We would like to give some suggestions regarding tube fixation and some temporary remedial measures in case of leaky cuff if reintubation is not feasible:

  1. The above incident reprimands everybody that correct basic techniques should not be ignored as they can lead to disasters in case of difficult intubation.
  2. While fixing the tube with adhesive plaster, it should not be overlapped multiple times, as it can lead to leaking cuff as in our case and also make its removal difficult during extubation [Figure 1].
    Figure 1
    Incorrect endotracheal tube fixation showing multiple overlaps
  3. The basic principle of traction and countertraction should be followed while securing the tube [Figure 2].
    Figure 2
    Basic principle of traction and countertraction while securing the endotracheal tube
  4. Even in case of simple intubations, junior doctors should be supervised and trained for securing the tube.
  5. In case of difficult intubation and if the inflation tube is cut at the level of entry into tracheal tube, the technique described by Sprung Juraj[6] may be used. He used the inflation tube of an unused ETT, and joined to remnant section of the inflation tube on the patient's ETT using a 0.5-1-inch section of a standard hypodermic needle [Figure 3].[6] Fisher also described a similar technique wherein cut ends of the inflation tube were pulled together over the needle. The inflation tube was sprayed with tincture benzoin and wrapped with plaster.[7] In case of cracked one-way valve or cut pilot balloon or inflating tube, Jims Sill described a technique that can be used to reinflate the cuff.[1] The assembled device consists of a 10-ml syringe, a three-way stopcock, and a needle. The needle is inserted into the severed inflating tube. Opening the stopcock to only the syringe and needle permits the cuff to be inflated without the monitoring of pressure [Figure 4]. Watson also gave some simple solutions for leaking ETT cuffs due to incompetent pilot balloon valve.[8] T connector can be connected to the pilot balloon to function as a secondary valve for the system [Figure 5]. The plastic clip of the “T” connector can be loosened to add air to the system and then clamped to keep it pressurized. If the cuff still leaks, the problem may be a hole in the pilot balloon. If this is suspected, the pilot balloon is cut from ETT and a 22-guage intravenous catheter that has been moistened with alcohol is threaded directly into the lumen of inflation tube. Alcohol helps lubricate the catheter and then cements it in the tube after evaporating. The other end of the catheter may be attached to either stopcock [Figure 6] or T connector to keep the cuff pressurized.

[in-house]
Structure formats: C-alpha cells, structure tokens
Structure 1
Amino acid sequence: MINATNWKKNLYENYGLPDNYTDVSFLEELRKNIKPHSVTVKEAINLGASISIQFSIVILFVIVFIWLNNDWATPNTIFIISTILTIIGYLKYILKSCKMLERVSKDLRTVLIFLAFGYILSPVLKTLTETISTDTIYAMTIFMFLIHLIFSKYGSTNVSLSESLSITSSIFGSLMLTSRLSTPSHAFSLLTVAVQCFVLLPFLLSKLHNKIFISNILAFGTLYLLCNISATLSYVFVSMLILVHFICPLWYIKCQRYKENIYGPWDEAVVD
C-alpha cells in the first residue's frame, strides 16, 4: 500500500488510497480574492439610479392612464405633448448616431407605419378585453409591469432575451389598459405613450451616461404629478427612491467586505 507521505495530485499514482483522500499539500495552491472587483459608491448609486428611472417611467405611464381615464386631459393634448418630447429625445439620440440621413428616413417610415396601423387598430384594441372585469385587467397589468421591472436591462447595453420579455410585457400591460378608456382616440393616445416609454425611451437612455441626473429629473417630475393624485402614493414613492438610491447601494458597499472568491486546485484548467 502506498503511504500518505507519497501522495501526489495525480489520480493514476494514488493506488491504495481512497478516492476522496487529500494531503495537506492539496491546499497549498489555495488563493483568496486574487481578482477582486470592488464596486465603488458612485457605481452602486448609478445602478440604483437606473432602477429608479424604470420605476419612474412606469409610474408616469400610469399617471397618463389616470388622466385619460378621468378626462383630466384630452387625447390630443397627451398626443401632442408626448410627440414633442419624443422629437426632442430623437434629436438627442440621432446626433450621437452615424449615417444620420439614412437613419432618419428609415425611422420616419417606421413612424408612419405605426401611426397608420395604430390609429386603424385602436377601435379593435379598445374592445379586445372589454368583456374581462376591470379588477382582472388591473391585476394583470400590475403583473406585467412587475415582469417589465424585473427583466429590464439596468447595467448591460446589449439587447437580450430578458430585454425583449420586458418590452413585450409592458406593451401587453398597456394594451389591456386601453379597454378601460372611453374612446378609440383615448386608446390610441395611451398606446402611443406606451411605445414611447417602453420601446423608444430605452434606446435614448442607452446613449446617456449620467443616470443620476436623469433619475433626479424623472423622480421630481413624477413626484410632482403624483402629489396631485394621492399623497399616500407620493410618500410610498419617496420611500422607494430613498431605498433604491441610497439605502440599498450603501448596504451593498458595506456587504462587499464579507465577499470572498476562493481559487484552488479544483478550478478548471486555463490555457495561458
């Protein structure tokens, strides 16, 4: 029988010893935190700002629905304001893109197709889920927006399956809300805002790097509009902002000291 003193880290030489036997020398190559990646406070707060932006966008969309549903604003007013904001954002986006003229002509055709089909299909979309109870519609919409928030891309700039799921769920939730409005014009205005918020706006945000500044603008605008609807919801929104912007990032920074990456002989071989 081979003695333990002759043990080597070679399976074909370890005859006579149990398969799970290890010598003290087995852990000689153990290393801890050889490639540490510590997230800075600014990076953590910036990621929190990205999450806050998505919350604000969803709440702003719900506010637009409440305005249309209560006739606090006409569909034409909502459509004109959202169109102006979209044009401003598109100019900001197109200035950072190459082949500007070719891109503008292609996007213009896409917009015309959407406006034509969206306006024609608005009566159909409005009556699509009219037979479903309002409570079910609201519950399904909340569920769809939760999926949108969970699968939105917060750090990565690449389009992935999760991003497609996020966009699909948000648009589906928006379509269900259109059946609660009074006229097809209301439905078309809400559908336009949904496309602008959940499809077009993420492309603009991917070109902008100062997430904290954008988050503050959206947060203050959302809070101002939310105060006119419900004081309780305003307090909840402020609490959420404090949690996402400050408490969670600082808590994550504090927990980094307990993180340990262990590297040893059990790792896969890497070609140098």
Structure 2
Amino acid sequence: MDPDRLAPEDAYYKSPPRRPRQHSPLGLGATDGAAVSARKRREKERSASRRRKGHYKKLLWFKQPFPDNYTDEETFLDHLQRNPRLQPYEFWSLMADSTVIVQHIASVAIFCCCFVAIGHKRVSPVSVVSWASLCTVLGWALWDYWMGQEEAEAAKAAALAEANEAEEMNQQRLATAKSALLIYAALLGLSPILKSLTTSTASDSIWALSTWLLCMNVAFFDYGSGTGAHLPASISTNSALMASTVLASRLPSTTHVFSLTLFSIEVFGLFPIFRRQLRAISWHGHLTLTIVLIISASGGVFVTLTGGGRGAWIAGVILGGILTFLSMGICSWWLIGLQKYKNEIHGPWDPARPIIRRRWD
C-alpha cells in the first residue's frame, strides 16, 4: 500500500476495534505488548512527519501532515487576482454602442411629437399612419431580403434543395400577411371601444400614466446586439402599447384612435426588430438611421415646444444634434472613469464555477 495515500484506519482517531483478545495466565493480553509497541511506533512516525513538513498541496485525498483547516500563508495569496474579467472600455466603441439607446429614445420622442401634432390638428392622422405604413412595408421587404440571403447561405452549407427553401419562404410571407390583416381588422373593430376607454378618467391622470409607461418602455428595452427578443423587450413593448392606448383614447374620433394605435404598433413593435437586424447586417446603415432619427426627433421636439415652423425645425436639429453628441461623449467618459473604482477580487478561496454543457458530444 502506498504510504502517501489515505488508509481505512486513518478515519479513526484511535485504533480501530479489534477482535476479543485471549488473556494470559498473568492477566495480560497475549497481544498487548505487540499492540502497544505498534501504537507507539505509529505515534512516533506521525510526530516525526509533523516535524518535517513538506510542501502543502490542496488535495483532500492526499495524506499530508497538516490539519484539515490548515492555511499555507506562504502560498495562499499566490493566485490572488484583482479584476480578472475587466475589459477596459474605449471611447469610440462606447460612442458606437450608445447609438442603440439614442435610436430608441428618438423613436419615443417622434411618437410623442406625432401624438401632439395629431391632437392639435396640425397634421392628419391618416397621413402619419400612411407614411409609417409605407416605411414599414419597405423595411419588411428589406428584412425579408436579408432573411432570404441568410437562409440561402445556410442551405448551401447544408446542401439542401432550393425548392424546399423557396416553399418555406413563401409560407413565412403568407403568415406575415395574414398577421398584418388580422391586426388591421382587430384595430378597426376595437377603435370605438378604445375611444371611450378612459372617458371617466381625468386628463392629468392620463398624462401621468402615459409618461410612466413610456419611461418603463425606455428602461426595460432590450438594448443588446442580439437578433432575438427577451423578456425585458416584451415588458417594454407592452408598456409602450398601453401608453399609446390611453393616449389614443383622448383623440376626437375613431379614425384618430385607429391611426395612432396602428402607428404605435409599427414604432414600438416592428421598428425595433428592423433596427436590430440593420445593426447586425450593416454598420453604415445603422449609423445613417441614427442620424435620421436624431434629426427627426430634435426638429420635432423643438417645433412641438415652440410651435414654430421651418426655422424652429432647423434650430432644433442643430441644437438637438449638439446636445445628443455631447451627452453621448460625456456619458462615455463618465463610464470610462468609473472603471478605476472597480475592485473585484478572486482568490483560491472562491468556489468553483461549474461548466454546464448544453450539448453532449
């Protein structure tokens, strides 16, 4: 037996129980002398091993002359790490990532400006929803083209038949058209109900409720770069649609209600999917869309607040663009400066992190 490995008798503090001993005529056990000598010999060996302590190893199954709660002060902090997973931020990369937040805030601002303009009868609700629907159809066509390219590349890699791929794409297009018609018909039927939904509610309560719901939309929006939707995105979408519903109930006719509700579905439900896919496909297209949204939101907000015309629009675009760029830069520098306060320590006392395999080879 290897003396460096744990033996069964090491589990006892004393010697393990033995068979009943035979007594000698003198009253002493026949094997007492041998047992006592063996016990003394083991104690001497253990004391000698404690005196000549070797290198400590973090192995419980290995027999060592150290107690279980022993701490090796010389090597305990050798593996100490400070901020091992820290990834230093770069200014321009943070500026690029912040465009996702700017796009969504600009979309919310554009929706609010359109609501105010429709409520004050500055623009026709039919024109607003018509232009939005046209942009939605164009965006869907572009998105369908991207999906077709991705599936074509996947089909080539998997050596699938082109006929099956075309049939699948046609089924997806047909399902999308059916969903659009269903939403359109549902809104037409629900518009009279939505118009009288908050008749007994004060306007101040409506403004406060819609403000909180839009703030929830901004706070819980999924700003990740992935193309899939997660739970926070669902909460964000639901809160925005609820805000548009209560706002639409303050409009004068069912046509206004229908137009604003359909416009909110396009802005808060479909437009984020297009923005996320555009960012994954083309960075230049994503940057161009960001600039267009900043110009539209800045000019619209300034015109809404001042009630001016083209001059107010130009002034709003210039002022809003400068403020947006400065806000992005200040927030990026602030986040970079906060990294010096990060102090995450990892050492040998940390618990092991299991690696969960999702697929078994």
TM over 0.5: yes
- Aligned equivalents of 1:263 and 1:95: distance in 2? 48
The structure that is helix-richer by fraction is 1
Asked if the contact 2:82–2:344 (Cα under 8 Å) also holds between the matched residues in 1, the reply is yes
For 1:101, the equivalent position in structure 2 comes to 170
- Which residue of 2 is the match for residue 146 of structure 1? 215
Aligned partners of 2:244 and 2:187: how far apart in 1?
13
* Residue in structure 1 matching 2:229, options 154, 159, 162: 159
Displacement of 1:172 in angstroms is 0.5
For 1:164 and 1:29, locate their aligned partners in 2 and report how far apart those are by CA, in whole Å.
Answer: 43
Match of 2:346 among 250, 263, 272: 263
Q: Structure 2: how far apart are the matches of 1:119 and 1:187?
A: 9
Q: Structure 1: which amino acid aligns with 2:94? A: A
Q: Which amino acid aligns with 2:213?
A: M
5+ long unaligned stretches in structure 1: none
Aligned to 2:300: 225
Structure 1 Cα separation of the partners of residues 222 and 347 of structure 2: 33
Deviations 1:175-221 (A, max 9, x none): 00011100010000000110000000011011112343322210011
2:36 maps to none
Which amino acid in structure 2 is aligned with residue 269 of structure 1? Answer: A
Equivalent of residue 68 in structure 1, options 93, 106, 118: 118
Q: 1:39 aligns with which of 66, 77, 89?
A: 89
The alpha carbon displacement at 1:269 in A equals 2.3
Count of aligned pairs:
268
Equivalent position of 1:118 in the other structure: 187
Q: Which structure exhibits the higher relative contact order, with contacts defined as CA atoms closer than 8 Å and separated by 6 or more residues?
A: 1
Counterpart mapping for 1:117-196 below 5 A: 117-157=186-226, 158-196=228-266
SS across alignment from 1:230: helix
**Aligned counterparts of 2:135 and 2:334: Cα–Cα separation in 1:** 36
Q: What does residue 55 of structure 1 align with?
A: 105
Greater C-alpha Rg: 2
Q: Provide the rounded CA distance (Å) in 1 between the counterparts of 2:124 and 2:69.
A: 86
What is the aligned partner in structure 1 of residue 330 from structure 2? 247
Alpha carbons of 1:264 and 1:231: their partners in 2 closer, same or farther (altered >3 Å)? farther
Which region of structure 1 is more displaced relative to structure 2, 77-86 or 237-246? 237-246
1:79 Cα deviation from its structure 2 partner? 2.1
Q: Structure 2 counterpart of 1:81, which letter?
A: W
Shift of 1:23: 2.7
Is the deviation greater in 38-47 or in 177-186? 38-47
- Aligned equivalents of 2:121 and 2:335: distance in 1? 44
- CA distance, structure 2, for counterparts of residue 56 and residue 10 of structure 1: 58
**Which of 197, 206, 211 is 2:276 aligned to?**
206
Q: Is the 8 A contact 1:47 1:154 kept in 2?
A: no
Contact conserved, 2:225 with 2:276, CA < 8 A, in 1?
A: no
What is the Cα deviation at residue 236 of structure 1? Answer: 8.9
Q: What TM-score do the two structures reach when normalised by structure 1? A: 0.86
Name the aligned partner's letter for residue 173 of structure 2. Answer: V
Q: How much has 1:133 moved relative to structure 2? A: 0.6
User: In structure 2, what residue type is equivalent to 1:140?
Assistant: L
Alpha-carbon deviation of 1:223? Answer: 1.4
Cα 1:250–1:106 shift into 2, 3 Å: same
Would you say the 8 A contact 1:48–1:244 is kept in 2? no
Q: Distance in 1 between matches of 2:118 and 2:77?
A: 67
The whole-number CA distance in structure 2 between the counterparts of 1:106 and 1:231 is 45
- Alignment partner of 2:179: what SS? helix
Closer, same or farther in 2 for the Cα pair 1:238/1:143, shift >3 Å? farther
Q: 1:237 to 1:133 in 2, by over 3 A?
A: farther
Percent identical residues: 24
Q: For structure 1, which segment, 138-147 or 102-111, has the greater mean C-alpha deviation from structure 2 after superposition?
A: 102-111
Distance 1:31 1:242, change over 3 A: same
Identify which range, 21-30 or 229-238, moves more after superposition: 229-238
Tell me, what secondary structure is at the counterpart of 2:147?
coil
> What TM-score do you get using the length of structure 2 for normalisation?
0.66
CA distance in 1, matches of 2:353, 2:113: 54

Figure 3
    Inflation tube of an unused endotracheal tube joined to remnant section of the inflation tube on the patient's endotracheal tube using a 0.5-1 inch section of a standard hypodermic needle
    Figure 4
    The needle is inserted into the severed inflating tube. Opening the stopcock to only the syringe and needle permits the cuff to be inflated
    Figure 5
    T connector can be connected to the pilot balloon to function as a secondary valve for the system
    Figure 6
    A 22 guage intravenous catheter is threaded directly into the lumen of inflation tube


We have reported a case of leaking endotracheal cuff due to faulty fixation of tube. Securing the tube is a basic maneuver, yet if done improperly can lead to disasters. The basic principle of traction and countertraction should be followed for ETT fixation and multiple overlaps of adhesive plaster should be avoided. In case of difficult intubation or situations wherein reintubation is not possible, simple techniques described earlier can be used to reinflate the cuff.


Source of Support: Nil

Conflict of Interest: None declared.


1. Sills J. An emergency cuff inflation technique. Respir Care. 1986;31:199–201.
2. Mallampati SR, Gatt SP, Gugino LD, Waraksa B, Freiburger D, Liu PL. A Clinical sign to predict difficult intubation: A prospective study. Can Anaesth Soc J. 1985;32:429–34. [PubMed]
3. Samsoon GL, Young JR. Difficult tracheal intubation: A retrospective study. Anaesthesia. 1987;42:487–90. [PubMed]
4. Murphy MF, Walls RM. The difficult and failed airway. Manual of emergency airway management. Chicago: Lipincott Williams and Wilkins; 2000. pp. 31–9.
5. Reed MJ, Dunn MJ, McKeown DW. Can an airway assessment score predict difficulty at intubation in the emergency department? Emerg Med J. 2005;22:99–102. [PMC free article] [PubMed]
6. Sprung J, Bourke DL, Thomas P, Harrison C. Clever cure for an endotracheal cuff leak. Anesthesthesiology. 1994;81:790–1. [PubMed]
7. Fisher MM. Repairing pilot balloon lines. Anaesth Intens Care. 1988;16:501.
8. Watson E, Harris MM. Leaking endotracheal tube. Chest. 1989;95:709. [PubMed]